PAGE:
COUNTERING VIOLENT EXTREMISM THROUGH CIVIC APPROACHES

January 22, 2019

PAKISTAN INSTITUTE FOR CONFLICT AND SECURITY STUDIES

PICSS Round table: Final Report

Pakistan Institute for Conflict and Security Studies (PICSS) organized a Roundtable on January 22, 2019. Topic of the session was “Countering violent extremism through civic approaches” while the guest speakers included Dr. Qibla Ayaz Chairman Council of Islamic Ideology and Dr. Musarat Amin Assistant Professor from Fatima Jinnah Woman University (FJWU). The session was attended by diplomats, academia, retired military personals and representatives from the civil society.

Dr. Musarat Amin

Dr. Musarat Amin in her presentation highlighted the role of education in countering violent extremism. She was of the view that initiatives like Pegham-e-Pakistan are highly impactful, yet people donot know about it as it has not been propagated and advertised through proper channels. She briefly explained violent extremism and highlighted the fact that violent acts could be carried out by individual or group from a range of beliefs and ideologies. The concept of soft power given by Joseph Nye was also highlighted by her as it refers to the ability of an entity to shape the preferences of others through economic or cultural appeals, rather than through coercion in the form of strength or military might. The role of clerics, leaders and mentors is highly important as they are the form of soft powers, that impact the society in a wider range and broader perspective. Dr. Musarat highlighted the significance of soft approach to counterterrorism. She emphasized on the fact that in order to defeat radicalization and violent extremism it is necessary to understand and refute the ideology behind it, rather than simply strive to eliminate every terrorist in sight. Types of Radicalization were also explained as Cognitive radicalization is the process through which an individual adopts ideas that are severely at odds with those of the mainstream, refutes the legitimacy of the existing social order, and seeks to replace it with a new structure based on a completely different belief system while Behavioral radicalization occurs when an individual takes the additional step of using violence to further the views derived from cognitive radicalism. Divisions, Grievances, Narratives and means are termed as the major factors of radicalization.

Dr. Musarat briefly explained that counter-radicalization basically seeks to undermine the individual’s resolve through counter-narratives, rebuttals, education, positive examples and attempt of others to encourage the individual to channel their passion in ways deemed more societally acceptable. She also categorized de-radicalization and disengagement and explained their fundamental difference that the former strives to introduce cognitive shifts, while the latter primarily seeks to modify behavior. She mentioned that success cannot be achieved solely by engaging in religious debate and discussion and if the extremist elements can be convinced that they have been following a corrupted understanding of Islam, It will not only undermine their worldview, but may also lead to the hampering of future recruitment since the ideology will be discredited. As a civic approach to counter extremism, she mentioned about the Building Resilience Against Violent Extremism (BRAVE) Program which was developed to engage residents in a wide variety of initiatives, premised on principles of social integration theory, that aim to promote pluralism and social cohesion. Another program is the Safe Spaces Initiative which relies on community-led and community-driven programs that communities and mosques will benefit from beyond the national security context. It provides a healthy environment for people to deal with issues of addiction, family issues, domestic violence, political grievances, among many more. She emphasized on the issue that Education can play a very influential and critically important role in countering violent extremism. Not only can it work to promote Inclusion, strengthen social cohesion, support the emotional development of children, and help develop engaged citizens but Education can also exacerbate existing tensions and divisions, foster exclusion and inequality and promote harmful ideologies and behavior. Schools and educational institutions can create an atmosphere of tolerance and harmony while children and young people can support each child as an individual with opinions, needs and aspirations. Teacher can encourage multiple viewpoint and develop critical thinking skills of the students in order to prepare them according to the modern and contemporary approaches.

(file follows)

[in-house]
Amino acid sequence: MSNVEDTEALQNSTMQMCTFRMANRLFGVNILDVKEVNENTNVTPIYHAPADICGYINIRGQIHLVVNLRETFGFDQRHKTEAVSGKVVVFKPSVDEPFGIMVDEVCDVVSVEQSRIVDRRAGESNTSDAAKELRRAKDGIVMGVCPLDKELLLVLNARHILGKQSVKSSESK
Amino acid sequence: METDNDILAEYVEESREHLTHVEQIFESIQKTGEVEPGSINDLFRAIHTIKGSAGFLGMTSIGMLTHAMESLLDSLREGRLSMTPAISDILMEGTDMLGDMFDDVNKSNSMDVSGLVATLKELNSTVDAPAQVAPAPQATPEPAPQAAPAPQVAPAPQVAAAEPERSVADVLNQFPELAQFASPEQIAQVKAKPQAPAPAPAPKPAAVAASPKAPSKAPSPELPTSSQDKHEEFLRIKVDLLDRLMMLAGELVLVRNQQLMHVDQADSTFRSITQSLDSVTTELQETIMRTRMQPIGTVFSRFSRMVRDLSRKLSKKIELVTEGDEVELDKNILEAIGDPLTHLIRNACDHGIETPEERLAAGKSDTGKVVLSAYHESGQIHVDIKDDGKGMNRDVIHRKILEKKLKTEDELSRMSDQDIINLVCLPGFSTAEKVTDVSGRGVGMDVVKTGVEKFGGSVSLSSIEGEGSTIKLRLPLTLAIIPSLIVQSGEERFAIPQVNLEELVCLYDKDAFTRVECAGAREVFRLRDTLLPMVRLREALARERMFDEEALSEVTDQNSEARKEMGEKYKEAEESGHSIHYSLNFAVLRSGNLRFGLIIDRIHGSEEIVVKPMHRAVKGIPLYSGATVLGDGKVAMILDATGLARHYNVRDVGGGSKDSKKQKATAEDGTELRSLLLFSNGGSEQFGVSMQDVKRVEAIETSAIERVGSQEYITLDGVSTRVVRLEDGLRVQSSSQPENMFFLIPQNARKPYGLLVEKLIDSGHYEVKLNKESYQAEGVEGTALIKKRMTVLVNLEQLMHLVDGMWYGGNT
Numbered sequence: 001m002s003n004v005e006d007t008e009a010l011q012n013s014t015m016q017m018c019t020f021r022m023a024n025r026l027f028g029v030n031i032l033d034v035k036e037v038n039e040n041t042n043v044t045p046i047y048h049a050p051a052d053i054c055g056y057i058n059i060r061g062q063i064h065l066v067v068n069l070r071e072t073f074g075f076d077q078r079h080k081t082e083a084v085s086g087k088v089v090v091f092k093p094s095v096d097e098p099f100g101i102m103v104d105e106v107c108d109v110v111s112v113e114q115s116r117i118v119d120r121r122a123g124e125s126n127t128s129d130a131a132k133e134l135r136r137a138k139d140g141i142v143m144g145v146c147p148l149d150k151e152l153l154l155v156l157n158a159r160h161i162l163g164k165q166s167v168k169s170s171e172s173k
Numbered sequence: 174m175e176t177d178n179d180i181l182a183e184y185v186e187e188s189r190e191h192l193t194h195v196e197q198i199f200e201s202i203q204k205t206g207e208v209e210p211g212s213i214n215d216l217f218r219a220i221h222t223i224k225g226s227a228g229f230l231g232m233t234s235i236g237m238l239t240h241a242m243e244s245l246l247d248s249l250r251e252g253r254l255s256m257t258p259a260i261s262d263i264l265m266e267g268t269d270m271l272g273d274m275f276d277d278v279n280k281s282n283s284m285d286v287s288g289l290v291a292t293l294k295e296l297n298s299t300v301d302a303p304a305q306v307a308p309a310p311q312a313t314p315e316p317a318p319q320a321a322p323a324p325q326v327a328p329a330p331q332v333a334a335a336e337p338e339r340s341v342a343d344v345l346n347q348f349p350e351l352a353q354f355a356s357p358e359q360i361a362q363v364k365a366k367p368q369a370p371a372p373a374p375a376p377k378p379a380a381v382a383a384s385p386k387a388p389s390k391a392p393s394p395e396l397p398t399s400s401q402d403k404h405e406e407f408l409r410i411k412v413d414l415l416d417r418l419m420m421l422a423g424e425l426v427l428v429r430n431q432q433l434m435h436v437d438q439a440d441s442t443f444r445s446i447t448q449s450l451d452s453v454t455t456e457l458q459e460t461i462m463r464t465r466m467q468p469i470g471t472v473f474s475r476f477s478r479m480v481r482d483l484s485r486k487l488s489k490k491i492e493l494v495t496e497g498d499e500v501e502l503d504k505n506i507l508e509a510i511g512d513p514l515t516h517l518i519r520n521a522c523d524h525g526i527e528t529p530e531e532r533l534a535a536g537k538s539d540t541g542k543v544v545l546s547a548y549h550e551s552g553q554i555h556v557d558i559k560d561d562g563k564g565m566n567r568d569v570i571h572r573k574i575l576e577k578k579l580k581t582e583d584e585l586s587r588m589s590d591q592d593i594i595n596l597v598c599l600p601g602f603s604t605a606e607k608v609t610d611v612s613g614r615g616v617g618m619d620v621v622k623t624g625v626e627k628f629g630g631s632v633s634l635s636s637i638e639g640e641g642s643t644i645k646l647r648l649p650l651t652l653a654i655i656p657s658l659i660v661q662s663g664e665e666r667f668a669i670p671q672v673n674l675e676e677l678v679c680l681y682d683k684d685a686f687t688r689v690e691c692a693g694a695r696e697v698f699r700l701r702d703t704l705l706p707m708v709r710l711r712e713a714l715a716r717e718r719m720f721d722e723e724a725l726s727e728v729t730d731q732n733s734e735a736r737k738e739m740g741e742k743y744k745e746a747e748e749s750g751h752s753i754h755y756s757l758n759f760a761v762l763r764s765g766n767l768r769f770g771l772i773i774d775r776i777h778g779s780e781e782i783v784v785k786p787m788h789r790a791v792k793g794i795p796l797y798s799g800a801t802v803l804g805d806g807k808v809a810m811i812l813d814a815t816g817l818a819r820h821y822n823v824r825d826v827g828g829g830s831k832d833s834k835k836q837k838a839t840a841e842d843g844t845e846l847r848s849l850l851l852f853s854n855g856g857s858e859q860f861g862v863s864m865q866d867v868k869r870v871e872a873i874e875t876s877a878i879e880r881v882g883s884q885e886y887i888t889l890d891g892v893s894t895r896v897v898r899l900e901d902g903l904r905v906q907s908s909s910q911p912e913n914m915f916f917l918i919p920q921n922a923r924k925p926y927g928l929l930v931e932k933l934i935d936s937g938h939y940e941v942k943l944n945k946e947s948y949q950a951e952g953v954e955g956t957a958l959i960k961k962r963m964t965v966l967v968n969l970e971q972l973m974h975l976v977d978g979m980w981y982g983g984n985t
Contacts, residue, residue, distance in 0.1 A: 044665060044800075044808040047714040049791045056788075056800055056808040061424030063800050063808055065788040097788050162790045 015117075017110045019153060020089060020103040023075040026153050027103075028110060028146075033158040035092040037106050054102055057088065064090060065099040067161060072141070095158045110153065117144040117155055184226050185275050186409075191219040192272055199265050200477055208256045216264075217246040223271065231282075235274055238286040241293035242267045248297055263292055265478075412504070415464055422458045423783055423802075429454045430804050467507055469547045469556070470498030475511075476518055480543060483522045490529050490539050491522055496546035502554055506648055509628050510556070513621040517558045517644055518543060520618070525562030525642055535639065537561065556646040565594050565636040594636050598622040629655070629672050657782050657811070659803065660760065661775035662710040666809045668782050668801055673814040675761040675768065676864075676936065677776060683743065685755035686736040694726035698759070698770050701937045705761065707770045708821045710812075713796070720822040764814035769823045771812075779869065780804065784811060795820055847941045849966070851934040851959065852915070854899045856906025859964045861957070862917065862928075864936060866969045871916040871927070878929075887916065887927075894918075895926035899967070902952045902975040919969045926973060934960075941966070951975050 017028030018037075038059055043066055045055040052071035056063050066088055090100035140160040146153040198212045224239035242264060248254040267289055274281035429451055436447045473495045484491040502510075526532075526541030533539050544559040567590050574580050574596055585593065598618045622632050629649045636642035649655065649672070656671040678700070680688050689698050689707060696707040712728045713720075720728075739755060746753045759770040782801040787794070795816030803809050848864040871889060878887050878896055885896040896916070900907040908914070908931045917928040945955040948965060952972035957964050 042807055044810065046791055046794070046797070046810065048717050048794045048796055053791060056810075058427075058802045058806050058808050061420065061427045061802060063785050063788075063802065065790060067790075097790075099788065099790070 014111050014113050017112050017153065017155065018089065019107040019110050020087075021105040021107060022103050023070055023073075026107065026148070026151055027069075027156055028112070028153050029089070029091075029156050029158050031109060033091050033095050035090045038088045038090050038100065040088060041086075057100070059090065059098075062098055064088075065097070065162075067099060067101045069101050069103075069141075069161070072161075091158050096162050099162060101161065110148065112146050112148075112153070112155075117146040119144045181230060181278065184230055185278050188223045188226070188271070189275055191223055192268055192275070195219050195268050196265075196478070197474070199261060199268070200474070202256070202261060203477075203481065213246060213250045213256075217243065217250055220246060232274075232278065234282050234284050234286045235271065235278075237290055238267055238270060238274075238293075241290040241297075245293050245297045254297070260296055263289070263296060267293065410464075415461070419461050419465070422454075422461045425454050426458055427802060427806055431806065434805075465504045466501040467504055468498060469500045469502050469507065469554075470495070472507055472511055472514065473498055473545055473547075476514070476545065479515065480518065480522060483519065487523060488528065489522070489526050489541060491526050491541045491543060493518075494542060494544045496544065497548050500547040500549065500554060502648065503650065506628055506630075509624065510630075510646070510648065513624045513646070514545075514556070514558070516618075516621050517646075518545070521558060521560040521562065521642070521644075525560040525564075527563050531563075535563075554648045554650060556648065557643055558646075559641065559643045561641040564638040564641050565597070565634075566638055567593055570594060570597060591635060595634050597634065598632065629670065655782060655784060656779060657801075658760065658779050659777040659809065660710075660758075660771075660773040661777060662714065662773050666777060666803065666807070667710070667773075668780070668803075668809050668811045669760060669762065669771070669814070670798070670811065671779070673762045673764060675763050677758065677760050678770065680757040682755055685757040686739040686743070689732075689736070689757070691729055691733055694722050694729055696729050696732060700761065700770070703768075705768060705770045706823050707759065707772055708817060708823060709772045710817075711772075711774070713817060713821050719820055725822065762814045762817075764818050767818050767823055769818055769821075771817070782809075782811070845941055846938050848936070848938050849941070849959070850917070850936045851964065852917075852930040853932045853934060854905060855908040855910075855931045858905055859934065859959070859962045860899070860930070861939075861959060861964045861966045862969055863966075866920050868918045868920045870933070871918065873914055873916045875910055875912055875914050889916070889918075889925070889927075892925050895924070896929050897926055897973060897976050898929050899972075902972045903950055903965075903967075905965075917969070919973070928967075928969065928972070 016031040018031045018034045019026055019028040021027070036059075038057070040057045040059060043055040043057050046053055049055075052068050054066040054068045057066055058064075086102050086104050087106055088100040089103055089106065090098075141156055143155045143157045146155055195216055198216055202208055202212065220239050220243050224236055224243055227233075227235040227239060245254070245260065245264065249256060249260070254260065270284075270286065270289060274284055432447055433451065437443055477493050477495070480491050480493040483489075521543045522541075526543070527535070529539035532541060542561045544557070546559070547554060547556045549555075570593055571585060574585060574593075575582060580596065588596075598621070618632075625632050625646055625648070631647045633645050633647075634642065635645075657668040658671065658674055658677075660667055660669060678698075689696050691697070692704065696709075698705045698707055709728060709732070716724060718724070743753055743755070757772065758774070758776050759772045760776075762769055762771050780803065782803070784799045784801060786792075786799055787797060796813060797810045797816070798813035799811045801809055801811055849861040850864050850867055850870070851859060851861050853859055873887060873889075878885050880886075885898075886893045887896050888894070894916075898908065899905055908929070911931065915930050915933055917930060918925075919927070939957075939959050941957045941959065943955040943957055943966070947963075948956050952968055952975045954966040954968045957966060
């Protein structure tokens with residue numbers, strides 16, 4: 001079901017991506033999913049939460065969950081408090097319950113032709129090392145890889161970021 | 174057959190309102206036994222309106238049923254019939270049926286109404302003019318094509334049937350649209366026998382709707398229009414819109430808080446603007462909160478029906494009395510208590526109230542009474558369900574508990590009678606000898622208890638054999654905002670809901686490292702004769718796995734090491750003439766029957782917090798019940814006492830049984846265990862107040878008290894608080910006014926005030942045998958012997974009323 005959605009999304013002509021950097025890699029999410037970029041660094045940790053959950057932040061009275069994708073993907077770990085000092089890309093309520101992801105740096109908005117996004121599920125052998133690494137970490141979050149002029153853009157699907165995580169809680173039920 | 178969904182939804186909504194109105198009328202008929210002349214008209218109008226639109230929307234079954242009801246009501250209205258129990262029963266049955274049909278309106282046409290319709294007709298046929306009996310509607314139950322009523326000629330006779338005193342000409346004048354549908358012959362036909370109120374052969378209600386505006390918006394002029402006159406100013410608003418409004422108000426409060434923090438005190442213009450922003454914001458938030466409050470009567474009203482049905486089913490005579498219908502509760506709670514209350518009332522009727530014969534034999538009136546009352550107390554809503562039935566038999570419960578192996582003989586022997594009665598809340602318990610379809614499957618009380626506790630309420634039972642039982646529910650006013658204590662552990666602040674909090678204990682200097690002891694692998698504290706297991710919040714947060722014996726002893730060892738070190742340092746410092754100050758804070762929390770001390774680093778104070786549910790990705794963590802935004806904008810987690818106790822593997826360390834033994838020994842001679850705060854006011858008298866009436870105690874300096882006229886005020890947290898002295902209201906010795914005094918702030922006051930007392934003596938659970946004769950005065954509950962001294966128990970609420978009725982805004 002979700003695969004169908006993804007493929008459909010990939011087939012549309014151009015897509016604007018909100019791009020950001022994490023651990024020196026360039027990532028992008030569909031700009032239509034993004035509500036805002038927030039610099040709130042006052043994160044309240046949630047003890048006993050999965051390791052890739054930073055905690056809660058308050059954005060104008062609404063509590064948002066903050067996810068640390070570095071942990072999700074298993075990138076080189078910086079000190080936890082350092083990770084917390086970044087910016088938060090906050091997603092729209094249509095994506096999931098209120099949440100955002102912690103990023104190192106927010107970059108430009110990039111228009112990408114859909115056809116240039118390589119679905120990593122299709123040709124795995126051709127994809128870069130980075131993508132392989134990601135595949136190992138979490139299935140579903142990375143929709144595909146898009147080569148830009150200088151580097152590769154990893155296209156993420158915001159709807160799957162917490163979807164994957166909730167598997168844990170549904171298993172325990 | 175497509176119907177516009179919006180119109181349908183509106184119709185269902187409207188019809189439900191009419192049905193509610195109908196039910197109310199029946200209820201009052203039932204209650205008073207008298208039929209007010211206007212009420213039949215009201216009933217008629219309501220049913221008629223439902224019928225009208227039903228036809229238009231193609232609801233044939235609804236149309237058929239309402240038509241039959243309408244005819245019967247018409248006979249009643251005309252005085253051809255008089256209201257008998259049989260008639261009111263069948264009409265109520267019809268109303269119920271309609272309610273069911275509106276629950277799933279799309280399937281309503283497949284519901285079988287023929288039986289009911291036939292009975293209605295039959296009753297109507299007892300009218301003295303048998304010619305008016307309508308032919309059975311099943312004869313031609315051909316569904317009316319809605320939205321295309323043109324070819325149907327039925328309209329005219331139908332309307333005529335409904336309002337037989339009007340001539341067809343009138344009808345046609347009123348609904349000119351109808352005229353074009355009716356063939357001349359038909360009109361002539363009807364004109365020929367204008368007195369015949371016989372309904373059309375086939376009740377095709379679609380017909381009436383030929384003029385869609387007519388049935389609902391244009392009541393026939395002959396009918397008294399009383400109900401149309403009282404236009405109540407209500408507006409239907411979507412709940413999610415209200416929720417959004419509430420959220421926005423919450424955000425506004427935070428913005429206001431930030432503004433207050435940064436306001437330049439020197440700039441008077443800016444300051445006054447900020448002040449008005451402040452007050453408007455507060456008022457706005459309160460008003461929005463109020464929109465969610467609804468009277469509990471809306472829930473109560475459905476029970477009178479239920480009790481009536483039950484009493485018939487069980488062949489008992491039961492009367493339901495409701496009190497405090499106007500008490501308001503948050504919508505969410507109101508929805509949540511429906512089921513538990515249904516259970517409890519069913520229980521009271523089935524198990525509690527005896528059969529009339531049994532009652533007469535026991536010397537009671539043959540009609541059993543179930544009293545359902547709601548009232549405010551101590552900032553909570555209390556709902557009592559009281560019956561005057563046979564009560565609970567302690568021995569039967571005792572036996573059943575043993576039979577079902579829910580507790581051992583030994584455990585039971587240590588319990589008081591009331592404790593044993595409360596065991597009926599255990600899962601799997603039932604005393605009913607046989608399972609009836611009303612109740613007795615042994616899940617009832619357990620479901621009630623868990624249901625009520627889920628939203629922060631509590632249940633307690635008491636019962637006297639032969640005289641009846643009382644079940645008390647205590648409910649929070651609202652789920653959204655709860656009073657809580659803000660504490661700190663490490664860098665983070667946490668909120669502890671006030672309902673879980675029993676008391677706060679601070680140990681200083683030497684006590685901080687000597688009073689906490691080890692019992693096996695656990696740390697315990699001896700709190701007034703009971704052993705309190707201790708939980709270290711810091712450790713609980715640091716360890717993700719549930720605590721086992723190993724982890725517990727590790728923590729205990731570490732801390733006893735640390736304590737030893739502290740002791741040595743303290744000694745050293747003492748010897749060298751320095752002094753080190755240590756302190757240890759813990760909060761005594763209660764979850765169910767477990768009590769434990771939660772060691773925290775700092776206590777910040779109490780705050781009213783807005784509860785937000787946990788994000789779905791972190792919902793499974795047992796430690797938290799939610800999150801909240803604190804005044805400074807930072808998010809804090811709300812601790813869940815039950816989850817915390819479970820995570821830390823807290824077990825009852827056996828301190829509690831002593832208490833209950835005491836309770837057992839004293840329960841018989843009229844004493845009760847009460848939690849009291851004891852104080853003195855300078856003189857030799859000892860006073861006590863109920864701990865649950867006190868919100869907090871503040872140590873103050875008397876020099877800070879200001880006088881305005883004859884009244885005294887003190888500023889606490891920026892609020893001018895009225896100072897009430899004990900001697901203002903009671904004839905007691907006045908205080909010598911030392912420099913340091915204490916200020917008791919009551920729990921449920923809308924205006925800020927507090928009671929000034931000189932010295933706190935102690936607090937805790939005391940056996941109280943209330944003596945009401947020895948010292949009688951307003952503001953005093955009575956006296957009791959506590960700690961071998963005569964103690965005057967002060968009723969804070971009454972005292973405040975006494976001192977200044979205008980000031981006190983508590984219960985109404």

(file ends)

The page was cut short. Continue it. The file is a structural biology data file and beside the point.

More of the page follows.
Dr. Musarat also pointed out that in case of Pakistan a desire for change and to overthrow the existing governments proved out to be the major reasons despite poverty and lack of education for an individual to become a religious extremist. She briefly explained Pakistan’s initiatives of counter radicalization and de-radicalization. Counter Radicalization initiatives include madrassa Reforms, National International Security Policy 2014, National Action Plan 2014, Counter Terrorism Operations, Pakistan Protection Act 2014. De-Radicalization programs include Swat Program and the Punjab Program. Dr. Musarat emphasized that a National Counter-radicalization Policy is the need of the time and should be formulated by the Government on an immediate basis. Community Engagement and Community Resilience, Counter-Narratives against extremism, Faith-Based Networks and Moderate Religious Scholars and Annual CVE Summits and Symposiums are some of her policy recommendations to counter and effectively address the issue of violent extremism.

Dr. Qibla Ayaz: